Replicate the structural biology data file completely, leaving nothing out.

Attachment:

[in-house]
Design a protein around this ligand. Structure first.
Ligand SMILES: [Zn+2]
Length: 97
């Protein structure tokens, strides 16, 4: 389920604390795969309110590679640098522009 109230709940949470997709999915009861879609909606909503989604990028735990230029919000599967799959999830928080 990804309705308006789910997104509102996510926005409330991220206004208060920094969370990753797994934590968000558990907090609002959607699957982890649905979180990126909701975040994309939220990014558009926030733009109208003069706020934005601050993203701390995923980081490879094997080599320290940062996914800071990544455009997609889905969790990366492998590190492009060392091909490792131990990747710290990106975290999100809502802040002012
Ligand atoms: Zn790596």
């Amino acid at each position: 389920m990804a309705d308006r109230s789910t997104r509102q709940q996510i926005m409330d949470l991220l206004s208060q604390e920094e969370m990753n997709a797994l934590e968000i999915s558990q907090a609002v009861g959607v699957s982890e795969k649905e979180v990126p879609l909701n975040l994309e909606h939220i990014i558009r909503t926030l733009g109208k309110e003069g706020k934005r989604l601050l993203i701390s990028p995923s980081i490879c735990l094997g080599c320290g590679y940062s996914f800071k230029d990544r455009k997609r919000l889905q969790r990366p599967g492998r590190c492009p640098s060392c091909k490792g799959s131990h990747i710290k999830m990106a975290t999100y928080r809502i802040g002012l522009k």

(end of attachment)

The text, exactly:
[in-house]
Design a protein around this ligand. Structure first.
Ligand SMILES: [Zn+2]
Length: 97
């Protein structure tokens, strides 16, 4: 389920604390795969309110590679640098522009 109230709940949470997709999915009861879609909606909503989604990028735990230029919000599967799959999830928080 990804309705308006789910997104509102996510926005409330991220206004208060920094969370990753797994934590968000558990907090609002959607699957982890649905979180990126909701975040994309939220990014558009926030733009109208003069706020934005601050993203701390995923980081490879094997080599320290940062996914800071990544455009997609889905969790990366492998590190492009060392091909490792131990990747710290990106975290999100809502802040002012
Ligand atoms: Zn790596």
């Amino acid at each position: 389920m990804a309705d308006r109230s789910t997104r509102q709940q996510i926005m409330d949470l991220l206004s208060q604390e920094e969370m990753n997709a797994l934590e968000i999915s558990q907090a609002v009861g959607v699957s982890e795969k649905e979180v990126p879609l909701n975040l994309e909606h939220i990014i558009r909503t926030l733009g109208k309110e003069g706020k934005r989604l601050l993203i701390s990028p995923s980081i490879c735990l094997g080599c320290g590679y940062s996914f800071k230029d990544r455009k997609r919000l889905q969790r990366p599967g492998r590190c492009p640098s060392c091909k490792g799959s131990h990747i710290k999830m990106a975290t999100y928080r809502i802040g002012l522009k």